The British government is to take to itself the power to ban Google in the UK. And Facebook, Twitter and all the rest.
Good luck with that really. For it betrays a certain lack of knowledge about how the internet works. Which is, you know, to route around such things as censorship? Or, to run the thought the other way, those who can access a VPN get censored how?
Social media sites could be blocked from the UK if they breach proposed new duty of care laws, which will be kick-started on Wednesday.
Baroness Morgan, the Culture Secretary, will tell the Lords that the watchdog Ofcom should be the regulator and get powers to protect children and other users from online harms, as predicted last week by The Daily Telegraph.
The tech giants including Google and Facebook will be expected to quickly remove illegal content linked to terrorism and child abuse and to protect children from potentially harmful material such as that which could encourage suicide and self-harm.
Ministers have yet to decide on the sanctions but a power for Ofcom to require internet service providers (ISPs) to block websites or apps which commit “serious, repeated and egregious violations” of their duty of care remains on the table despite reports last year it might be dropped.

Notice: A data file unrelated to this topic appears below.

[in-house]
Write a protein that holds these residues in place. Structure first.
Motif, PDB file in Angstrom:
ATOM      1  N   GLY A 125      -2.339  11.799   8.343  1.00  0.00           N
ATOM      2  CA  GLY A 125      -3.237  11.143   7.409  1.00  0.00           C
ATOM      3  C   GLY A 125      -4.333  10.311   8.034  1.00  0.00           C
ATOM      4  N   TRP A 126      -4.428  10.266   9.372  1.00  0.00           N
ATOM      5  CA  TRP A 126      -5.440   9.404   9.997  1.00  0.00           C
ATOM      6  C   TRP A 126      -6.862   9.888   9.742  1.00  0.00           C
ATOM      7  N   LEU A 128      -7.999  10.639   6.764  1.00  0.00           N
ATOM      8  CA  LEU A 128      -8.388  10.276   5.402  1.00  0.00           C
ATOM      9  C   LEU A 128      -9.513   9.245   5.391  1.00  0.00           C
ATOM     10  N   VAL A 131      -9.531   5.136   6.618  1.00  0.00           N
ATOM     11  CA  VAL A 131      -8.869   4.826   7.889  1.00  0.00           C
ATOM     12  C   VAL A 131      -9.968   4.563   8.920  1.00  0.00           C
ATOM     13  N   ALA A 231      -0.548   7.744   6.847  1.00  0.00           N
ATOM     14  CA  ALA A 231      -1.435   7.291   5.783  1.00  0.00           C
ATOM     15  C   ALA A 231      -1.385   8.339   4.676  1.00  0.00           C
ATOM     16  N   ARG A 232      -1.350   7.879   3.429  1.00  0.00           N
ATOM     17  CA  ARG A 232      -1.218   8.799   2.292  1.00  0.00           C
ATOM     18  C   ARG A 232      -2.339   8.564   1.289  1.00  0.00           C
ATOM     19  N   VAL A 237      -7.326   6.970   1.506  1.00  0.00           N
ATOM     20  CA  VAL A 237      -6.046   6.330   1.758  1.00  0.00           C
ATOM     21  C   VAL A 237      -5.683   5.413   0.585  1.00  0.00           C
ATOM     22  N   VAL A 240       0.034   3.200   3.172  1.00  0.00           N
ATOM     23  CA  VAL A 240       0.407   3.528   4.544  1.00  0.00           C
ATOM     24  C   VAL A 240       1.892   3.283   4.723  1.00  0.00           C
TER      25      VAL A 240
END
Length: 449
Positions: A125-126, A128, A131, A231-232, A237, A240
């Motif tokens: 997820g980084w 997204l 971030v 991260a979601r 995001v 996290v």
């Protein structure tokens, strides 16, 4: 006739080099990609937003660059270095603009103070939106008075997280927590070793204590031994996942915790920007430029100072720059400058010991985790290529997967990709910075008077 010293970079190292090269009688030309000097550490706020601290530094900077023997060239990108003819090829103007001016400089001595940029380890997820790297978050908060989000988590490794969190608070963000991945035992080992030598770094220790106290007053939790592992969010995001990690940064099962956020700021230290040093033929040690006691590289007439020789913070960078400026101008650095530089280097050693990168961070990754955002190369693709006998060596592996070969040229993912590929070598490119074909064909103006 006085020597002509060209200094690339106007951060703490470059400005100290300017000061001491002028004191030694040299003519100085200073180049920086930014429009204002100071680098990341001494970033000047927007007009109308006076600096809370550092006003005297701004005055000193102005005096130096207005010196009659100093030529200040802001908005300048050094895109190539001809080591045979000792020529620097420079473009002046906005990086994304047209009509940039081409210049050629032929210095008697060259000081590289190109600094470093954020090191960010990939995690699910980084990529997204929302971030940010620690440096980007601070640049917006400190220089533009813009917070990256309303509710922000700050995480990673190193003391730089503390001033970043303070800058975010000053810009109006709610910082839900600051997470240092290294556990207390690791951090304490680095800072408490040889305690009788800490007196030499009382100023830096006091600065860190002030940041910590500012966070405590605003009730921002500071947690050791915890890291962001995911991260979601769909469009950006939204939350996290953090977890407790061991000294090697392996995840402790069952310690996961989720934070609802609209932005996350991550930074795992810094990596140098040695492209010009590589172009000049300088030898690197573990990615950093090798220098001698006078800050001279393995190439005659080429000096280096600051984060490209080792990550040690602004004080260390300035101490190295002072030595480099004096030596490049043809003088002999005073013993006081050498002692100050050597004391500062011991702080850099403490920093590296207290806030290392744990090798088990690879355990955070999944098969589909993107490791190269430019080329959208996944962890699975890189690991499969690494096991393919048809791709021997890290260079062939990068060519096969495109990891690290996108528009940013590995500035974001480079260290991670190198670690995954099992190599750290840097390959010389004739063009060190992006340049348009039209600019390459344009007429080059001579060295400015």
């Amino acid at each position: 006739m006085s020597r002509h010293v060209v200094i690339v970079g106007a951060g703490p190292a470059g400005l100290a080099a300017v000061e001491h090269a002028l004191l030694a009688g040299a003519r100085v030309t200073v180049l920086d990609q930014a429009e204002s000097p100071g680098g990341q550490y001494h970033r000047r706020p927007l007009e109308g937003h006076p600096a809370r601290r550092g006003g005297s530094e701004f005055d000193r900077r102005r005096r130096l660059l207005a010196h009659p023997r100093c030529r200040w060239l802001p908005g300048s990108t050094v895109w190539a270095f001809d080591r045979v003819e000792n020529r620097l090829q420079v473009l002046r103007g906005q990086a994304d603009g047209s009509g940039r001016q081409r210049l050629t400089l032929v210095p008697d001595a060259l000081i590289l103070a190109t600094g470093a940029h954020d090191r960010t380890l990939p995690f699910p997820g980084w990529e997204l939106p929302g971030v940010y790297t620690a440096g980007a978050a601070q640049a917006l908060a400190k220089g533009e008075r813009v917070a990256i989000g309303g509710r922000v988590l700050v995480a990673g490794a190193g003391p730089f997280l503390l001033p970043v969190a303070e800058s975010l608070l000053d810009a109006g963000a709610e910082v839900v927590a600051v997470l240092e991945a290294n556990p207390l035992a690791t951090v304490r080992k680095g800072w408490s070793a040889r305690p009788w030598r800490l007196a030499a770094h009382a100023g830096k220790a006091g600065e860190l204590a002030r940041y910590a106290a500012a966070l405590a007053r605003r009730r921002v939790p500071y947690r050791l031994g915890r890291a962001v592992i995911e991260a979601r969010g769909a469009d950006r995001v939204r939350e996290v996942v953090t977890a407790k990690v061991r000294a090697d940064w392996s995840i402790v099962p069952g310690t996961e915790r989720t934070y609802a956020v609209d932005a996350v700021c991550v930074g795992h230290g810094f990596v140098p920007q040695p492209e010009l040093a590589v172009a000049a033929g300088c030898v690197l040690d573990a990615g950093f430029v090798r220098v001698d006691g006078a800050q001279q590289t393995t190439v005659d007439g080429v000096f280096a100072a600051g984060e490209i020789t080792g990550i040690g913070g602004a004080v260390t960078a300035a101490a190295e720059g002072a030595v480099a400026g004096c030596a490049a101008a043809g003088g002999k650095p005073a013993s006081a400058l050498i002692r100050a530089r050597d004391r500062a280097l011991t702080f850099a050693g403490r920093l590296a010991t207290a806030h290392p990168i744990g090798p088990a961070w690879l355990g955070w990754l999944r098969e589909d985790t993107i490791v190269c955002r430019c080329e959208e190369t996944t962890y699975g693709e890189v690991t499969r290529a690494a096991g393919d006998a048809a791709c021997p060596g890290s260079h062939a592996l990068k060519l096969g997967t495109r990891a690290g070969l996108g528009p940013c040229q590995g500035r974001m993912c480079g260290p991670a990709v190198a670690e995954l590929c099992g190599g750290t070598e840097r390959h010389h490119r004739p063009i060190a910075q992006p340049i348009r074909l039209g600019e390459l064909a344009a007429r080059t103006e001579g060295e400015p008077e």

It’s not even something that would work under the law. France tried this with the right to be forgotten. Telling Google that global results must be altered to accord with French law. The European Court of Justice sent the French away with a flea in their ear. Sure, results on Google.FR should accord with French law. And even where it’s obvious and known that Google.com/uk/bg etc is being accessed from a French IP address then it should accord with French law. But for standard general use by the rest of the world then the laws of the rest of the world, not those of France, apply.
Thus anyone with even the most basic location spoofing or VPN can and will get around such geographic restrictions upon content.
Canute was a demonstration of how the earthly power cannot command the tides, you’d think that a thousand years was long enough for a government to understand that, wouldn’t you?